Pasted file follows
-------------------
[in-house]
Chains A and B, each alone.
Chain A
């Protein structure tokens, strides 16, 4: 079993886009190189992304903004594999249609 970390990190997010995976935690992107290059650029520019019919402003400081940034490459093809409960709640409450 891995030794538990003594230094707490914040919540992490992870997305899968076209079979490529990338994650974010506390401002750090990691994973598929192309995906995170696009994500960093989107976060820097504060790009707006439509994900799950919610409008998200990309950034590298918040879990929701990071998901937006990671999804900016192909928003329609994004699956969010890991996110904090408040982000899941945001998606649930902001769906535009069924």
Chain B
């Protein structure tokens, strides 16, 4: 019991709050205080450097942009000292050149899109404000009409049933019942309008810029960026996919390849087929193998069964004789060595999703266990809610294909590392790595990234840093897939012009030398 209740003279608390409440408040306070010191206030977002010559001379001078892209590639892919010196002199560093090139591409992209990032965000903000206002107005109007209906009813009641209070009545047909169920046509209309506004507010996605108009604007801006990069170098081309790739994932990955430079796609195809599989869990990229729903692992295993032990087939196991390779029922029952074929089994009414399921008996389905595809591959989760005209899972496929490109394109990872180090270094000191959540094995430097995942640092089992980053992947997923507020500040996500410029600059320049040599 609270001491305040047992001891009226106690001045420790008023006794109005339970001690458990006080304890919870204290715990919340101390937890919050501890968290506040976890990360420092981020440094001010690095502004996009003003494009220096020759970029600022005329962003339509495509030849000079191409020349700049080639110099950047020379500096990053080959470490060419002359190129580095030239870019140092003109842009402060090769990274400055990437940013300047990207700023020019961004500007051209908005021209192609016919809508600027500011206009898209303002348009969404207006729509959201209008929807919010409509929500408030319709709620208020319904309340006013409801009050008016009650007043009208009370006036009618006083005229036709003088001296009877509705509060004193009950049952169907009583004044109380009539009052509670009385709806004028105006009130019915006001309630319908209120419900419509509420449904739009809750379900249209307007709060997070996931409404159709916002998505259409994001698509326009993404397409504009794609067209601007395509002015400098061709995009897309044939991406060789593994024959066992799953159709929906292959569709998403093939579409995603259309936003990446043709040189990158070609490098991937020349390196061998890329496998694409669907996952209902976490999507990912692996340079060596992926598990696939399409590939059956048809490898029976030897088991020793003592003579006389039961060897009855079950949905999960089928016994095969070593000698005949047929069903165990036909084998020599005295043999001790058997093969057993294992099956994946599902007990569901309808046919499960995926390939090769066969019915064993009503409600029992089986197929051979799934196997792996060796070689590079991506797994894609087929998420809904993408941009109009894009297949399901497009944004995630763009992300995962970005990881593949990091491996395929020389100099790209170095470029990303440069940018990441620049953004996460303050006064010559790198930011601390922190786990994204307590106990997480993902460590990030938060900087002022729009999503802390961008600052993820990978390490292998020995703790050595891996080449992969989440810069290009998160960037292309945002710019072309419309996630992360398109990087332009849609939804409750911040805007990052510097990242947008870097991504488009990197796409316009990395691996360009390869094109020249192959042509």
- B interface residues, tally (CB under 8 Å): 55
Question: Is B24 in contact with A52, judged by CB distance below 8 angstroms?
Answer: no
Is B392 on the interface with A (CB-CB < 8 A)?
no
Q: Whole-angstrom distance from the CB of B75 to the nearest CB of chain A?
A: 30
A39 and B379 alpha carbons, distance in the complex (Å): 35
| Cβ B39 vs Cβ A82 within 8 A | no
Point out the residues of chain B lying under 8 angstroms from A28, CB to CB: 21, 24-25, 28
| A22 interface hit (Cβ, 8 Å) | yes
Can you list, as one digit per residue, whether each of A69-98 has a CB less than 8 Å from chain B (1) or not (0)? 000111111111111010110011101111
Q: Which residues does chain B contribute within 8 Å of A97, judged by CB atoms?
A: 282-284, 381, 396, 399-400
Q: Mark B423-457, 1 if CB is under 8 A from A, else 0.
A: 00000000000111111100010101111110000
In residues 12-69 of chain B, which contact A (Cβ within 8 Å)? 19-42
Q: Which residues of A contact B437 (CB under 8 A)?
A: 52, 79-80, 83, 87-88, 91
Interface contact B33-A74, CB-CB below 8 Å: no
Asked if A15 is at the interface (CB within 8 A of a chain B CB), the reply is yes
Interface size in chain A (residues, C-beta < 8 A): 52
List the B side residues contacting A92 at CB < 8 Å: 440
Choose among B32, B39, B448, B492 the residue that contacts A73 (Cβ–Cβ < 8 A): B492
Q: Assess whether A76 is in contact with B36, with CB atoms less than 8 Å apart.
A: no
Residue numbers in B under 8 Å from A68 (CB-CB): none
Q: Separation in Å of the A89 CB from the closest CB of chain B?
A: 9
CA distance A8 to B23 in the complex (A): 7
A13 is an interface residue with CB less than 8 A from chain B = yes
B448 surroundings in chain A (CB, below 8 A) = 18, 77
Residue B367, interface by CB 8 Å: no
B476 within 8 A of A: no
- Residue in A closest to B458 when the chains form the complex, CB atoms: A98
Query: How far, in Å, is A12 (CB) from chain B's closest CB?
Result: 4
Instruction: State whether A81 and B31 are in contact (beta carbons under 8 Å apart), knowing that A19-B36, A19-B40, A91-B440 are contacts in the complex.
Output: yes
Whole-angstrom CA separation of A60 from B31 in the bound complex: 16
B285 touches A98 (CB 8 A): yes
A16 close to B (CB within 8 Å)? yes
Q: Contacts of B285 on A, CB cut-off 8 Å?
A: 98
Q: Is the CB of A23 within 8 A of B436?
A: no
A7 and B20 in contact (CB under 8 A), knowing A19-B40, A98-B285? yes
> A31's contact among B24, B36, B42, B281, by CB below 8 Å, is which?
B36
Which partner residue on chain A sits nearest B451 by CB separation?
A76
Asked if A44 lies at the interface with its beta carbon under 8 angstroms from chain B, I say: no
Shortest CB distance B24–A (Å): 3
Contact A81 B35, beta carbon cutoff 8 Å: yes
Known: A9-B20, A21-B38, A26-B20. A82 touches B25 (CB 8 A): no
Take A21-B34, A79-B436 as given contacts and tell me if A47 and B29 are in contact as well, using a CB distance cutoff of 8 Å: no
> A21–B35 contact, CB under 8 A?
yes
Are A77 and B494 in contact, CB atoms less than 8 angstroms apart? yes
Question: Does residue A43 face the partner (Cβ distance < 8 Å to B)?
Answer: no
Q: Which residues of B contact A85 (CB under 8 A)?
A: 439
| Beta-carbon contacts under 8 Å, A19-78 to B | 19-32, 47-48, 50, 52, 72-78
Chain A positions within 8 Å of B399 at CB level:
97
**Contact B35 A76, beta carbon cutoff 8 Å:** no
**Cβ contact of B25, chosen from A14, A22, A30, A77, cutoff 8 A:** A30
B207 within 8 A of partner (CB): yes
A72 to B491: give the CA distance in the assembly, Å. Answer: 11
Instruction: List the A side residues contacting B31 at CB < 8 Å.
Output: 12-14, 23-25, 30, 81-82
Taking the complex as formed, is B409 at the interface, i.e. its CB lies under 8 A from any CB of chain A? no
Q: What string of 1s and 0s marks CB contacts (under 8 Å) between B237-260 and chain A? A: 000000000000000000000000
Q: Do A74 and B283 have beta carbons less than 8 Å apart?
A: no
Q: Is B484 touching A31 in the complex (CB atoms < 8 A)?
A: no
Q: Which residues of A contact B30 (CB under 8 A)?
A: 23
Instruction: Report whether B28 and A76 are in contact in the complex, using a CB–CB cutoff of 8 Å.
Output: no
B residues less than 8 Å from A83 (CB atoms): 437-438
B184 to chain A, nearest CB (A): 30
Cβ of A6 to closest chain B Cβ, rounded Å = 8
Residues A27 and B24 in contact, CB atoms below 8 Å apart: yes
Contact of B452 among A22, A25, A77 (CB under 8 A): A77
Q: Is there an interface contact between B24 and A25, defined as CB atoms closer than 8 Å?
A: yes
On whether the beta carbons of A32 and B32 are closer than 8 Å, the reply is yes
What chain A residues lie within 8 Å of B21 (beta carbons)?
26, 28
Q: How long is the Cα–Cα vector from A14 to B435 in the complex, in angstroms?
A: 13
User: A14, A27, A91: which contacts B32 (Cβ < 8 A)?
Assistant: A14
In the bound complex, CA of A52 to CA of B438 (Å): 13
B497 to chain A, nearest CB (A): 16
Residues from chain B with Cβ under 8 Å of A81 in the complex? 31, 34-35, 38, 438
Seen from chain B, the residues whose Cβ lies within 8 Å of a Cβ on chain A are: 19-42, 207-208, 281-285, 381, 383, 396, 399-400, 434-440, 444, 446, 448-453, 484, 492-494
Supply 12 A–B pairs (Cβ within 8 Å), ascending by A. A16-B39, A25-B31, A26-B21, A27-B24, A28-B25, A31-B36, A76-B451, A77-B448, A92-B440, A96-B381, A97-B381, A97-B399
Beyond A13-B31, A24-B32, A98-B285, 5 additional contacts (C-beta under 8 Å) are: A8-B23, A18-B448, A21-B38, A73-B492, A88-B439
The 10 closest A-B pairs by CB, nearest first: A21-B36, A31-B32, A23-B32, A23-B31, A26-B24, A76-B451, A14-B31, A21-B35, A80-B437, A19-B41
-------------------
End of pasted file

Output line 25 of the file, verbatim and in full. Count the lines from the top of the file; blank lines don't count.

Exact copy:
A: 52, 79-80, 83, 87-88, 91